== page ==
Tue | Oct 20, 2020

EU ambassador gives vote of confidence to election

Published:Friday | September 4, 2020 | 7:30 AMNadine Wilson-Harris/Staff Reporter
Ambassador Malgorzata Wasilewska, head of the Delegation of the European Union to Jamaica leaves the polling station in Stony Hill, Western St Andrew after conducting a brief observation of the voting procedure.
Ambassador Malgorzata Wasilewska, head of the Delegation of the European Union to Jamaica leaves the polling station in Stony Hill, St Andrew Western, after conducting a brief observation of the voting procedure.

Malgorzata Wasilewska, outgoing head of the European Union (EU) delegation to Jamaica, has generally praised the conduct of Jamaica’s 18th general election, despite concerns about long waits for some to cast their vote.

Wasilewska commended election day workers on Thursday for issuing clear instructions, exercising patience, and treating electors with respect of her observation of voting in several polling stations across three constituencies.

“Having a democratically elected government, for us, is key because that is key in any assistance that we give to the country,” Wasilewska said.

The EU ambassador was slated to complete her stint in Jamaica at the end of August, but her term has been extended by two weeks so she could observe the general election. The EU is Jamaica’s largest donor of grant funding.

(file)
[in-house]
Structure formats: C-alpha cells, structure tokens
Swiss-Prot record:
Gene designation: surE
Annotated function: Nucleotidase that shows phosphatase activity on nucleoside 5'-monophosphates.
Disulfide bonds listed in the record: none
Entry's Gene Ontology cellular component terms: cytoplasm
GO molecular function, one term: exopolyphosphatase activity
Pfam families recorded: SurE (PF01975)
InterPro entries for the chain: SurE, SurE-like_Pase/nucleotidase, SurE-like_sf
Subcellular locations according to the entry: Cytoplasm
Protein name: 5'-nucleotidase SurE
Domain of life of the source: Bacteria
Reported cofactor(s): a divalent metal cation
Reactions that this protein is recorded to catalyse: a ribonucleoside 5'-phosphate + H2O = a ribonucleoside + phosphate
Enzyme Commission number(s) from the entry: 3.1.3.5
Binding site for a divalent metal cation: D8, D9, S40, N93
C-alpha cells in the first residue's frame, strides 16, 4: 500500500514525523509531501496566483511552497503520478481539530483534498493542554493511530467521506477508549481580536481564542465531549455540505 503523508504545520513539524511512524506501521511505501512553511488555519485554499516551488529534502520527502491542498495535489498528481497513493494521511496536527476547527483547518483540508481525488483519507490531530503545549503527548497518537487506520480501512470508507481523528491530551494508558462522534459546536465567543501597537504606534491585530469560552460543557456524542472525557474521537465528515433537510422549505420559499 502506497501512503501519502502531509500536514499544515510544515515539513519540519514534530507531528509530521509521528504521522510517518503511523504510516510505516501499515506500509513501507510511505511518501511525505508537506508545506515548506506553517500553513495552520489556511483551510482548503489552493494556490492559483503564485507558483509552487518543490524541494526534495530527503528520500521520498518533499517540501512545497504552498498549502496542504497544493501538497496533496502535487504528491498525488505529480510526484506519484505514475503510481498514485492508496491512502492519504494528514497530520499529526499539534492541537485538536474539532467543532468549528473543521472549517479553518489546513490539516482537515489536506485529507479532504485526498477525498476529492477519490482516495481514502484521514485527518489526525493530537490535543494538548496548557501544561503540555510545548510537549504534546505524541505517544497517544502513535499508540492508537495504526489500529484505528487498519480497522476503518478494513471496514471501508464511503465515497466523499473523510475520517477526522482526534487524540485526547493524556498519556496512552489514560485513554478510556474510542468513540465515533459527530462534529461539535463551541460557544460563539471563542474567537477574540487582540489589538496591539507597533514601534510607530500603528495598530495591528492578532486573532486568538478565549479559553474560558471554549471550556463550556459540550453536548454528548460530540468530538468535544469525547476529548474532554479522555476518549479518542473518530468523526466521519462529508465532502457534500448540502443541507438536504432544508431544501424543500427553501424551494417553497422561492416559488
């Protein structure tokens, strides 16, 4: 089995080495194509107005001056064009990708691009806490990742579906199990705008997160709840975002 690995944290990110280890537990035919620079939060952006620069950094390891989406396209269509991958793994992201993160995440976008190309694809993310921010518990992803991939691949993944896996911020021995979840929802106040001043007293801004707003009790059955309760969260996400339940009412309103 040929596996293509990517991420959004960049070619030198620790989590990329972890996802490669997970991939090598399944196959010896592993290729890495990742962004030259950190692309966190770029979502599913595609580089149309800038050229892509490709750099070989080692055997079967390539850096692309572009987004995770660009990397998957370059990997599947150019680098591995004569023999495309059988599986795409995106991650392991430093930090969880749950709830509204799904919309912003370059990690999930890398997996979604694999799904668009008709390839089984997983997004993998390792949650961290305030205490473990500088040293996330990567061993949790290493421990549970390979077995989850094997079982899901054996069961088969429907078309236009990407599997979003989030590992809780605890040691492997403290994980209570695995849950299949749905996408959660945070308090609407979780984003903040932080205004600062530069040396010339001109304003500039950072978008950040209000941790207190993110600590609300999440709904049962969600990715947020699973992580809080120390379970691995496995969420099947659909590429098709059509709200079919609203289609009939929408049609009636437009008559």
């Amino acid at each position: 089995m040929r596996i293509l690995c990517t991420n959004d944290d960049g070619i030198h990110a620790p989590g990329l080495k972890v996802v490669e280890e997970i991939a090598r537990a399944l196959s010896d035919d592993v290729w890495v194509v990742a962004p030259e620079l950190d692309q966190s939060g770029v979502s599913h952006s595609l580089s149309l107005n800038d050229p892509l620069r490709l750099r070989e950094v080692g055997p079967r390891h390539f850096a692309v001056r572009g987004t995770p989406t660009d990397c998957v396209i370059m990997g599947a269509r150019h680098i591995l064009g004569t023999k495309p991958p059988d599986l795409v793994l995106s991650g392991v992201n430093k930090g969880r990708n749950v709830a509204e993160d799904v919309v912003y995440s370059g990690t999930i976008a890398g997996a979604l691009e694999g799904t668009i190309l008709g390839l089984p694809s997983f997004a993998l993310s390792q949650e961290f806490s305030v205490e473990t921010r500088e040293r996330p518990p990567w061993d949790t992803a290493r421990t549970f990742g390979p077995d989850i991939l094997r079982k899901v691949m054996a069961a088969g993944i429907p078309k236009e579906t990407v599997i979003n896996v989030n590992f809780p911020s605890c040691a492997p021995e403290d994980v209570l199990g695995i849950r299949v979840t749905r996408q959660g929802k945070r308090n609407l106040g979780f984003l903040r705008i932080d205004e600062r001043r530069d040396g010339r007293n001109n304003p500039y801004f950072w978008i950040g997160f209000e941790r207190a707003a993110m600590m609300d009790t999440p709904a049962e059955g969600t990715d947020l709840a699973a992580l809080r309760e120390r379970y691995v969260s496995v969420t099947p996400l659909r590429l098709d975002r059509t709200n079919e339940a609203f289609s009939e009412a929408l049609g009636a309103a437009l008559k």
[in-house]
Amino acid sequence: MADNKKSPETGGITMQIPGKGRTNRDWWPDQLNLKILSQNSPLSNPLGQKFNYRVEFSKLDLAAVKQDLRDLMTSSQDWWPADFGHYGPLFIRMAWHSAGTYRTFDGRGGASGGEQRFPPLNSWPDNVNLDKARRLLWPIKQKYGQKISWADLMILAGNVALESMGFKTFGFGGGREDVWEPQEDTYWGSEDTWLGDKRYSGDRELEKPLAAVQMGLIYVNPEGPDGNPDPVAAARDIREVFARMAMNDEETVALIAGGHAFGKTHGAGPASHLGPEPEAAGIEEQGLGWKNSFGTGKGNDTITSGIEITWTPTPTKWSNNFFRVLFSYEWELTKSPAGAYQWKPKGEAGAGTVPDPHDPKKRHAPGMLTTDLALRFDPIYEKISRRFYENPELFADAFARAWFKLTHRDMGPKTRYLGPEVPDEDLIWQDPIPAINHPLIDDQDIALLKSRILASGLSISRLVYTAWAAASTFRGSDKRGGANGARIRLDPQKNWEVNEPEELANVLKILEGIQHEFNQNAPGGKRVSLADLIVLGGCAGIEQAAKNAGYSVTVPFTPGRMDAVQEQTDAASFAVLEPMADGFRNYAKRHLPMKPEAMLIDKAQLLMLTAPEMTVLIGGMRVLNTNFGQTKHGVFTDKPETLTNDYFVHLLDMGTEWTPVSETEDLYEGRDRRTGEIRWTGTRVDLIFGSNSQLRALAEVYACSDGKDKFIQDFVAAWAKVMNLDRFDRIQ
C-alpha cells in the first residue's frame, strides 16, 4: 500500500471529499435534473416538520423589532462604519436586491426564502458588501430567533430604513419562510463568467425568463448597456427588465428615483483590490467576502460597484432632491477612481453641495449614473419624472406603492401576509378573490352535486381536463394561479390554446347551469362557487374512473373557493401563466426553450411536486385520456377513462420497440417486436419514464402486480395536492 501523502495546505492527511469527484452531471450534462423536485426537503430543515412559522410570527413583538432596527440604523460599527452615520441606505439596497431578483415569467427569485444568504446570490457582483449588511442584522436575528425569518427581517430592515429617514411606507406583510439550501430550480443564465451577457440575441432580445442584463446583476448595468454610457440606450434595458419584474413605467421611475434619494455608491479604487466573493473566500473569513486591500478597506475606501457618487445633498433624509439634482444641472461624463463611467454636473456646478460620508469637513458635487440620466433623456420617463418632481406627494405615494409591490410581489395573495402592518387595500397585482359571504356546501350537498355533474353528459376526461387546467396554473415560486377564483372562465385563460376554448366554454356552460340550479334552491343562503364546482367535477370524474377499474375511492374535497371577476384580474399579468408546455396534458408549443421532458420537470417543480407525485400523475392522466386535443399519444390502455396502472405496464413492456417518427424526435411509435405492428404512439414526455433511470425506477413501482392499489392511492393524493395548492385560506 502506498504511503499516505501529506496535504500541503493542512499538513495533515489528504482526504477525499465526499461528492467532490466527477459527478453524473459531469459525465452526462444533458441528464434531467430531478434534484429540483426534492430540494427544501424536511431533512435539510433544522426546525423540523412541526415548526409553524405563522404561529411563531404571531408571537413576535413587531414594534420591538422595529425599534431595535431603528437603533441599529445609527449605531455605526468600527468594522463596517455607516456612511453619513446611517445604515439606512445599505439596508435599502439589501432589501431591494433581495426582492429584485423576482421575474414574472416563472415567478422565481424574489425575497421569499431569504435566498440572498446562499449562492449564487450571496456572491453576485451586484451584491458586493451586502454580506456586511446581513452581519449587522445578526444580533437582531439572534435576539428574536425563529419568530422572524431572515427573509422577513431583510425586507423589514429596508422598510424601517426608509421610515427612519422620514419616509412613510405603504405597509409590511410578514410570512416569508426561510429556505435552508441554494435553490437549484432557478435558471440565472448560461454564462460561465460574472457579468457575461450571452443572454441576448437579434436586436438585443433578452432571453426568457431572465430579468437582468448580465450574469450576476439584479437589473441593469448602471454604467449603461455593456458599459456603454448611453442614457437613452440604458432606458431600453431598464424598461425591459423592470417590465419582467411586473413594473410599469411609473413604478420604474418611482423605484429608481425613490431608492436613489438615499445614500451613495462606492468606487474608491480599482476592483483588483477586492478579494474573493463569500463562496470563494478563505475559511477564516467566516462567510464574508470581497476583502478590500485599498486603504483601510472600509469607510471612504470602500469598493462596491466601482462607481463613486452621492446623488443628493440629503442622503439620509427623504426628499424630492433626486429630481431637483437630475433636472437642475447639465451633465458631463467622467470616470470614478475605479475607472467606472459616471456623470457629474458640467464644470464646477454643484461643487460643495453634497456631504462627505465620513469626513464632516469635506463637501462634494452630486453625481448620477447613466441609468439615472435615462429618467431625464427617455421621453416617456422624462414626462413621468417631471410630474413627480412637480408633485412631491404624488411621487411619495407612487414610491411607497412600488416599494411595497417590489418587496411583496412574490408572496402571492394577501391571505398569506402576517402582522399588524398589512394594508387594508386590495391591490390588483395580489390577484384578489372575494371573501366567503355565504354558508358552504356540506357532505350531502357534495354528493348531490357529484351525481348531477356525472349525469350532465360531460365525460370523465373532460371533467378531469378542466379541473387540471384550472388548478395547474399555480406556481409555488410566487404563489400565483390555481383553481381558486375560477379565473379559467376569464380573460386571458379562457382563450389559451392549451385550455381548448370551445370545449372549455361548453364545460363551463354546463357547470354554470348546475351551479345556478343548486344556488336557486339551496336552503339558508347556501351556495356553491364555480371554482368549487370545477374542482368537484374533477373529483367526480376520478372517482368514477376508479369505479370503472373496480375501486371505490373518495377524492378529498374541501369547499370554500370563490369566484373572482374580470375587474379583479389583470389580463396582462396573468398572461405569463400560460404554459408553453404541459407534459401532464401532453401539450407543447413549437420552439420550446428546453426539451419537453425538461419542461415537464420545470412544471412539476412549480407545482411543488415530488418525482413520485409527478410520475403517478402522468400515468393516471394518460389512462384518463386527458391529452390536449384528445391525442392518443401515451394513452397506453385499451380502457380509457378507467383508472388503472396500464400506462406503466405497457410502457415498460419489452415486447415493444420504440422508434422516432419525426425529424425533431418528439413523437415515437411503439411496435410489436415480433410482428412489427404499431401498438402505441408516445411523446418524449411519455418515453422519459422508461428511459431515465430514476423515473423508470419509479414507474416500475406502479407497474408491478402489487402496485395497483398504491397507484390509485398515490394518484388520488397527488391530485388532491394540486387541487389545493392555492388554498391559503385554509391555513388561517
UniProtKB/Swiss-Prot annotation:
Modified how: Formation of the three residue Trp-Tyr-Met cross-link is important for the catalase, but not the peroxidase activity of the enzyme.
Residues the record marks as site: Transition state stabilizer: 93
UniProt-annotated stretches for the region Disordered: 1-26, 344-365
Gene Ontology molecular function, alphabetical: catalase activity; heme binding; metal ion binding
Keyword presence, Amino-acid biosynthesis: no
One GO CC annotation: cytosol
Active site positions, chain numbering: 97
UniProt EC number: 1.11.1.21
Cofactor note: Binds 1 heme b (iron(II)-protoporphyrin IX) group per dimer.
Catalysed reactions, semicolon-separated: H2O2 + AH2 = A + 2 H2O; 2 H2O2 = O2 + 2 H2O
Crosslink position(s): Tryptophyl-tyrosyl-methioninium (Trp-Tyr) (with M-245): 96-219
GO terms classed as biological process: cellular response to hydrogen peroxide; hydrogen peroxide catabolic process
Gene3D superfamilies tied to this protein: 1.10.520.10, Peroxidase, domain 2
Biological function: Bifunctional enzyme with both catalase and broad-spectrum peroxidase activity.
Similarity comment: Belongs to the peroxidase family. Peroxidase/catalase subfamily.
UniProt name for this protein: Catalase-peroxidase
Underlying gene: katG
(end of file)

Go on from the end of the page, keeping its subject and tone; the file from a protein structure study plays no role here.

Wasilewska said that she has supervised election missions across the world and has observed at least two by-elections locally.

“Of course, it is a very challenging moment, with rising cases of COVID. We are very interested to see how elections are conducted and how people participate,” she told The Gleaner.

The ambassador said most persons adhered to social-distancing protocols and also wore face masks – commonplace requirements in the COVID-19 era.

Long lines

Anecdotal accounts from voters identified long lines in the morning as the only complaint.

The EU team first visited the Constant Spring Golf Club, which opened on time to facilitate voters. They then went to the Stony Hill Technical High School in St Andrew West Rural, where Wasilewska observed a blind senior citizen casting her vote. She was especially pleased that provisions had been made for the elderly, disabled, and pregnant.

The team had already visited six polling stations in St Andrew West Rural and St Mary South East when The Gleaner spoke to the ambassador. Wasilewska said that the plan was to observe some more polling divisions in St Andrew Eastern and then head to the counting centre at the Electoral Office of Jamaica’s head office in downtown Kingston.

“I have no doubt that whoever wins will be a democratically elected government,” Wasilewska said.

nadine.wilson@gleanerjm.com